If your child is bugging you for contact lenses, you might be trying to figure out the right time to say yes. It's important to note that there is no hard-fast rule about the right age for contact lenses. However, there are a few ways to determine the right time to say yes to contacts. Take a look at four milestones your child should pass before they're ready for contacts.
They Do Chores and Homework without Reminders
You might not think that chores. Homework and contacts would go together, but they do. If your child gets to their chores and homework without needing constant reminders, it's a good indication that they won't need reminded to care for their contacts.
They're Responsible for Their Own Hygiene
Contact lenses need to be kept clean. Before your child gets contact lenses, they should be responsible for their own personal hygiene. That means they should wash their hands before meals without being reminded and should be able to prepare their own baths or showers. If they're doing those things, chances are they're going to keep their contact lenses clean too.
They Take Good Care of Their Glasses
If you're child constantly loses or damages their prescription eye glasses, they're probably not ready to wear contact lenses. However, if they wear their glasses are prescribed, keep them in good repair and don't lose them anymore, it might be time to talk to their optometrist about contact lenses. This is particularly true if your child can keep their glasses in good condition through the entire lifespan of the prescription – usually about 1 to 2 years.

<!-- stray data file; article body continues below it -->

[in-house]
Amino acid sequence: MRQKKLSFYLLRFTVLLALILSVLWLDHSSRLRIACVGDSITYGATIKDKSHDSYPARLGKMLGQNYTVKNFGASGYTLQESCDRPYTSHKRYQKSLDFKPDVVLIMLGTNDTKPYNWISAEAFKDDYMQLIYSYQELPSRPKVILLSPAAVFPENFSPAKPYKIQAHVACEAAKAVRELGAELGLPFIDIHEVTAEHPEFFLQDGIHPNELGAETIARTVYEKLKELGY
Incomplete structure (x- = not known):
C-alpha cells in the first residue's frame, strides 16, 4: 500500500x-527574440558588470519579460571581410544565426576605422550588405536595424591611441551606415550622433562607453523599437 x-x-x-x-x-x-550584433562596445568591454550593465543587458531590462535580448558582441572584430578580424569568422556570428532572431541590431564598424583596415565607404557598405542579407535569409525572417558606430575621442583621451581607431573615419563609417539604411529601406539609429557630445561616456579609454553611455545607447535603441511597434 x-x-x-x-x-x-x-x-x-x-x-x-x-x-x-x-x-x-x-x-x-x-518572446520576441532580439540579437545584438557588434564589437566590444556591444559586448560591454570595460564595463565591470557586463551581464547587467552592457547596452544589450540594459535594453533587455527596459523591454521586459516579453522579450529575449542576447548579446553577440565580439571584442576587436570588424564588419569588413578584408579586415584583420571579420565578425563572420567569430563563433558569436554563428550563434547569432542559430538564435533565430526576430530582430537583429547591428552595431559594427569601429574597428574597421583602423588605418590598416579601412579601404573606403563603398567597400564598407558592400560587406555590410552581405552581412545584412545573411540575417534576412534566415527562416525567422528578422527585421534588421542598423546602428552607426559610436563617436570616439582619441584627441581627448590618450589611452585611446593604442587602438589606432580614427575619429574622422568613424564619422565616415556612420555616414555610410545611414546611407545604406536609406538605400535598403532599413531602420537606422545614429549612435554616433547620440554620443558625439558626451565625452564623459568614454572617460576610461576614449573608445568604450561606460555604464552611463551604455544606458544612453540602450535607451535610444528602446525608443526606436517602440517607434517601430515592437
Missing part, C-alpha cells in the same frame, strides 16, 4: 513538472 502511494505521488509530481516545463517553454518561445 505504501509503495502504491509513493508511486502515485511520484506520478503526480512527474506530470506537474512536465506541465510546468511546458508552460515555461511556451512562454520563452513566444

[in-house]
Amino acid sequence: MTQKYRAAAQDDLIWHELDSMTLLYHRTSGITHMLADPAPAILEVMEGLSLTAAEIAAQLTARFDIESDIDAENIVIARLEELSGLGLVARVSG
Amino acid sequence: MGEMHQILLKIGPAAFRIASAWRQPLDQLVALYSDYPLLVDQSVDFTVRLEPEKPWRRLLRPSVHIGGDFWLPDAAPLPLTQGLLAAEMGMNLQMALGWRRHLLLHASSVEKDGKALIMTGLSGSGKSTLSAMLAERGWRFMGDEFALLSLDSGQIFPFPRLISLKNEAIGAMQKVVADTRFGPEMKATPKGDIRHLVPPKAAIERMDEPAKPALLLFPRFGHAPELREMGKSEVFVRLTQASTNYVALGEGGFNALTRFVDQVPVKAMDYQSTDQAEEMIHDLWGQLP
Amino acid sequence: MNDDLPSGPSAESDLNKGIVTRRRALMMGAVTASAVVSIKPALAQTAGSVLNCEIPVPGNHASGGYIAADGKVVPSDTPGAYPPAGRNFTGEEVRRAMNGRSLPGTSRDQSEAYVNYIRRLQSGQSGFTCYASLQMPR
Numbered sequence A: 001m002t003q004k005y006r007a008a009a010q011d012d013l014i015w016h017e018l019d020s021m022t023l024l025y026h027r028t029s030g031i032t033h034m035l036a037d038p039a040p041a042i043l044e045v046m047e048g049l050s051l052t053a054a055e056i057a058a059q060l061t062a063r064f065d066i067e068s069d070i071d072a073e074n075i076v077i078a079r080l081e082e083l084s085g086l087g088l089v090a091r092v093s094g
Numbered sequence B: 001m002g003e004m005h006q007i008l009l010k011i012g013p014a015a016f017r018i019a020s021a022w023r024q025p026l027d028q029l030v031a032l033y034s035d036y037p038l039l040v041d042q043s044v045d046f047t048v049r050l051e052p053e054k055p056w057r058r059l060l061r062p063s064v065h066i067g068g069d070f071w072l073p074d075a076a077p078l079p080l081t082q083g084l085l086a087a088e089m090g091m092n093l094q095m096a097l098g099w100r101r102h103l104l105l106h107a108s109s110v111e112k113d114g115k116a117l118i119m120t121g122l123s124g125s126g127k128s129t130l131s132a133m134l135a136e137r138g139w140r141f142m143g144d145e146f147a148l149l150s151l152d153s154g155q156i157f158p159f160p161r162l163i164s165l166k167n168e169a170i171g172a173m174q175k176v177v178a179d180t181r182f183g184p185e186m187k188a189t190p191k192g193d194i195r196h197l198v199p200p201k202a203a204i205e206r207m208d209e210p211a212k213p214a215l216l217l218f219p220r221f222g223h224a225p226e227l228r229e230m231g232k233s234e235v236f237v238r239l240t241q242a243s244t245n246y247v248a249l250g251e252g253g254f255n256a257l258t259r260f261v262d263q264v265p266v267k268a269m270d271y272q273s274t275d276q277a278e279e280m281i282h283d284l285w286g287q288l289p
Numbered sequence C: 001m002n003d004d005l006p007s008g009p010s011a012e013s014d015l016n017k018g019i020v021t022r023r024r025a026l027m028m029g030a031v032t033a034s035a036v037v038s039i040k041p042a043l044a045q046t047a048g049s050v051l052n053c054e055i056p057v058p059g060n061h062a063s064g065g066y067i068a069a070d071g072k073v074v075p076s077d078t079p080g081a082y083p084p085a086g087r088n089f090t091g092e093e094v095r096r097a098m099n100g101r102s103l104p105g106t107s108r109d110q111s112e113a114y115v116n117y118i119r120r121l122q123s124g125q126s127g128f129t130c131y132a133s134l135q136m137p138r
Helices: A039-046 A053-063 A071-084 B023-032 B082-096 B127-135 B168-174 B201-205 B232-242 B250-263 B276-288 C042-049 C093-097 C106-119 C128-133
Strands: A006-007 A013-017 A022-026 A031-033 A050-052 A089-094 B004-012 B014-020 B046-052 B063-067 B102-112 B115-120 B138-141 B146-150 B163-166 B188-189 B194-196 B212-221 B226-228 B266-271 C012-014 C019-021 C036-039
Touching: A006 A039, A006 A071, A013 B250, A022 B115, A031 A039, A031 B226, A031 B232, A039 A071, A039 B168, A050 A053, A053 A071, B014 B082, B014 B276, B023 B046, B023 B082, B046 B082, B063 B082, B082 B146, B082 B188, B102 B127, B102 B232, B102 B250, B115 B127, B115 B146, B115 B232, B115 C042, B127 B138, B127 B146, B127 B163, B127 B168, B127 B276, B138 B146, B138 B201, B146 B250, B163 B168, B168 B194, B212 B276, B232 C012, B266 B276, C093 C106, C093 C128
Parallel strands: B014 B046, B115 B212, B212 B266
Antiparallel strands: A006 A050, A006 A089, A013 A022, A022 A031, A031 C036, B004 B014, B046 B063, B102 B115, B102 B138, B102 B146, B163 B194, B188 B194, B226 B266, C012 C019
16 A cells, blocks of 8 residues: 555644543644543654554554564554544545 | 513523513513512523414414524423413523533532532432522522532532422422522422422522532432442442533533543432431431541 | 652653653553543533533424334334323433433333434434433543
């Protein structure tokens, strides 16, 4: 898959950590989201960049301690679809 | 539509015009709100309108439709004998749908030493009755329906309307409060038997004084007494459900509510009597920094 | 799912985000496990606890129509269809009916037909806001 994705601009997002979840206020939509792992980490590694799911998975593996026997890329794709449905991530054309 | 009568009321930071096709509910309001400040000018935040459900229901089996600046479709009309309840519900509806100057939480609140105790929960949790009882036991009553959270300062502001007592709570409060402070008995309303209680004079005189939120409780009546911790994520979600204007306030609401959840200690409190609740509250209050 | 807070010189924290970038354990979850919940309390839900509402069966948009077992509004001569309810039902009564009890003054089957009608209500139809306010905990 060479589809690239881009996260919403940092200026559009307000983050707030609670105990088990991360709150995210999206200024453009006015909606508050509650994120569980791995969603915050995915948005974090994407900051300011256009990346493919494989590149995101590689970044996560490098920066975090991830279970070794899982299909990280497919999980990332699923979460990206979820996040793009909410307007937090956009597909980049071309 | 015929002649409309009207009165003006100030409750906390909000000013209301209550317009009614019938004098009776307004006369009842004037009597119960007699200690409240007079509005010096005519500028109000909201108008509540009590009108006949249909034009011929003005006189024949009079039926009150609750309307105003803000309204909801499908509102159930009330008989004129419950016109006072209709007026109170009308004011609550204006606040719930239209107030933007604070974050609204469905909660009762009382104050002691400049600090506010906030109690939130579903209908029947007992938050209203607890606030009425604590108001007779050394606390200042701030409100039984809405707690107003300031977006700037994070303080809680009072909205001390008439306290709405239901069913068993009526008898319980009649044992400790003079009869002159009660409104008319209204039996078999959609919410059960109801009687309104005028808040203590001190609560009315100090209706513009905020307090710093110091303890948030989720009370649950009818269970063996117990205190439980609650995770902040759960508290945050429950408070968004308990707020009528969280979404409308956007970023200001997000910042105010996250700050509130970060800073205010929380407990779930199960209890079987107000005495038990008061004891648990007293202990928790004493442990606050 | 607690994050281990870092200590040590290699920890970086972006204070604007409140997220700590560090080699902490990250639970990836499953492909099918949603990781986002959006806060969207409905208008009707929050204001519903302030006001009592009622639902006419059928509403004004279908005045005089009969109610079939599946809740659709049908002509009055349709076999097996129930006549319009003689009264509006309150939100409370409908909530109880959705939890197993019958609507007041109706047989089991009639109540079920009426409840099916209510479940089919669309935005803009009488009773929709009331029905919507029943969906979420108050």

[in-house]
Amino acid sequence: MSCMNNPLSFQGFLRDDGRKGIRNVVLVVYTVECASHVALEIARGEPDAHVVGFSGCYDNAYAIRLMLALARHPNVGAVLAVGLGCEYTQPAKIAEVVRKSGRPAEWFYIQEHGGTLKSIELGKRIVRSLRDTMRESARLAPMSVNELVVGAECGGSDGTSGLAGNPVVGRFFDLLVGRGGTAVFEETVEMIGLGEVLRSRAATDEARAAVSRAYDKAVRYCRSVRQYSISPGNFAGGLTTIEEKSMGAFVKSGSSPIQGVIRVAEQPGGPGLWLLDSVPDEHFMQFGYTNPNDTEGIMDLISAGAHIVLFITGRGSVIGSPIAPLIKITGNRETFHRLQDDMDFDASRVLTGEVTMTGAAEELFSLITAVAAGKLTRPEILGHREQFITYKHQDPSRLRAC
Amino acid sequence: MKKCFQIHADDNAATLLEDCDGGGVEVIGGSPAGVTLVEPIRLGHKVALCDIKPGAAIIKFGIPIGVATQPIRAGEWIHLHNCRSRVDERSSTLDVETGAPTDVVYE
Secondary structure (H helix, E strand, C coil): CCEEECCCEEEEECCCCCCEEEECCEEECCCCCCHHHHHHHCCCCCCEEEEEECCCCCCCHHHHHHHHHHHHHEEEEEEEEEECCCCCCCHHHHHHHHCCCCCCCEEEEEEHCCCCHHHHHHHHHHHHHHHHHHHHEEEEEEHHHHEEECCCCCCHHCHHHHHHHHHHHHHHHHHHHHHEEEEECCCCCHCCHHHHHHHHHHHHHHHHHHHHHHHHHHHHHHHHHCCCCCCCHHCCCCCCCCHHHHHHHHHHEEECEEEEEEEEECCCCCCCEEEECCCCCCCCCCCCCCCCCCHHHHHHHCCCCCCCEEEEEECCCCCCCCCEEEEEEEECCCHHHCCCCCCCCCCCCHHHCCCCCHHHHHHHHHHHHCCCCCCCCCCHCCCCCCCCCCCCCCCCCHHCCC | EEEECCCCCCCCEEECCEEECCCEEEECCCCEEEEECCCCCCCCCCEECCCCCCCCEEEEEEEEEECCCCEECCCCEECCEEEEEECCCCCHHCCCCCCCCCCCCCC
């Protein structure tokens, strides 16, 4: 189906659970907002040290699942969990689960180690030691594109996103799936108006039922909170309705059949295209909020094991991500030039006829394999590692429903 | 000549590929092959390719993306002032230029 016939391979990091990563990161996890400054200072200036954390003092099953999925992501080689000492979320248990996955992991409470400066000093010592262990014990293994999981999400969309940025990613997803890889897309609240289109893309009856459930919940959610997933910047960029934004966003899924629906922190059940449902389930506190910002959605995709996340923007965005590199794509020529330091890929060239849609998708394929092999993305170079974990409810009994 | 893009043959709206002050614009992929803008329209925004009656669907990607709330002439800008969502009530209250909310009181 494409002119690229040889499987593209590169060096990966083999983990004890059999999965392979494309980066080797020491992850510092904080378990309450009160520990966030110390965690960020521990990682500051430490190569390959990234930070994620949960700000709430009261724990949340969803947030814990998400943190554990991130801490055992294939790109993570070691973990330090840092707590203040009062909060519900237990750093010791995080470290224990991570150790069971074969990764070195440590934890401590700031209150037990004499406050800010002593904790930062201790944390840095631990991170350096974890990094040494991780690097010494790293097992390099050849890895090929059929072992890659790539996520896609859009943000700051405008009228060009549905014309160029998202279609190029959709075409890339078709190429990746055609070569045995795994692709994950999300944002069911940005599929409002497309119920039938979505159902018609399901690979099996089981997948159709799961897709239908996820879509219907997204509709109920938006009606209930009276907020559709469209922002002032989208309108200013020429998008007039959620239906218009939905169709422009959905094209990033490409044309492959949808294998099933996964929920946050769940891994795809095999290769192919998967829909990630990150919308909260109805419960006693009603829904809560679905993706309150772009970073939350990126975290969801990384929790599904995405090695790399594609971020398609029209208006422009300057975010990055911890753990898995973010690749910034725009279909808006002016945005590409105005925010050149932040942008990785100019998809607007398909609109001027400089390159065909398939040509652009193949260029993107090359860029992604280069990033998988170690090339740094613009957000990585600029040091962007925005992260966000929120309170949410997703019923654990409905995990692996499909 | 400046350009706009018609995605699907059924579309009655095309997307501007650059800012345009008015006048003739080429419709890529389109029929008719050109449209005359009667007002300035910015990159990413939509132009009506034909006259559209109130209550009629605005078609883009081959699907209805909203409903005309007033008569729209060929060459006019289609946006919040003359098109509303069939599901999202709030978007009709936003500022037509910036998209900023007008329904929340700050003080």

They're Into Sports
If your child is active in sports, it's probably time for them to have contact lenses. Glasses can be difficult to wear during sports, and can hinder your child's performance. Not only that, but if the glasses break while your child is playing, their eyes may suffer serious damage. Talk to your optometrist about contact lenses, even if your child only wears during sporting events.
Their Prescription is Stable
Vision problems can change rapidly, especially in young children. It's best to wait for contact lenses until their prescription stops changing. If your child has kept the same prescription for at least one year, it might be time for contacts. Getting contacts before their vision problems stabilize, may require you to order new contacts more often than you had planned.
It can be difficult to tell when your child is ready for contact lenses. If your child has passed the milestones listed above, it might be time for your kids to get contact lenses. For further assistance, contact a local optometrist, such as Jeffrey C. Fogt, OD.